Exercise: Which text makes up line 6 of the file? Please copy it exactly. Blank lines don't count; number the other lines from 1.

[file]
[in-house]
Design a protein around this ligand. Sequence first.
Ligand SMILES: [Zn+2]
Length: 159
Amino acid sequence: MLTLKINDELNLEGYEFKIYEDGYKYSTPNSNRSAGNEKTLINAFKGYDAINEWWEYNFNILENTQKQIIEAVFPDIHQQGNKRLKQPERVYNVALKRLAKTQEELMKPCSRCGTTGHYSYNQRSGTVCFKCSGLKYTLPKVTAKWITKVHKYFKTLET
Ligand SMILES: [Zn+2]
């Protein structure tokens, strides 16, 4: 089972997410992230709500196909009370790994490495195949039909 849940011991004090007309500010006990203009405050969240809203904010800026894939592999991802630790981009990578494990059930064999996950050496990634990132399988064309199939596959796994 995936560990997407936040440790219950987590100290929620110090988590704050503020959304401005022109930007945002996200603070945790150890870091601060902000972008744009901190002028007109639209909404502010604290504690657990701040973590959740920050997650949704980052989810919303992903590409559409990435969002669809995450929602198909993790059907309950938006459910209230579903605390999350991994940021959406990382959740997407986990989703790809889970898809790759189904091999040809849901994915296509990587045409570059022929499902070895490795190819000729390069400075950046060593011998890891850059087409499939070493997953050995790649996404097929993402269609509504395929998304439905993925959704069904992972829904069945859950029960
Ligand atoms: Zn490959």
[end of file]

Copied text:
Ligand SMILES: [Zn+2]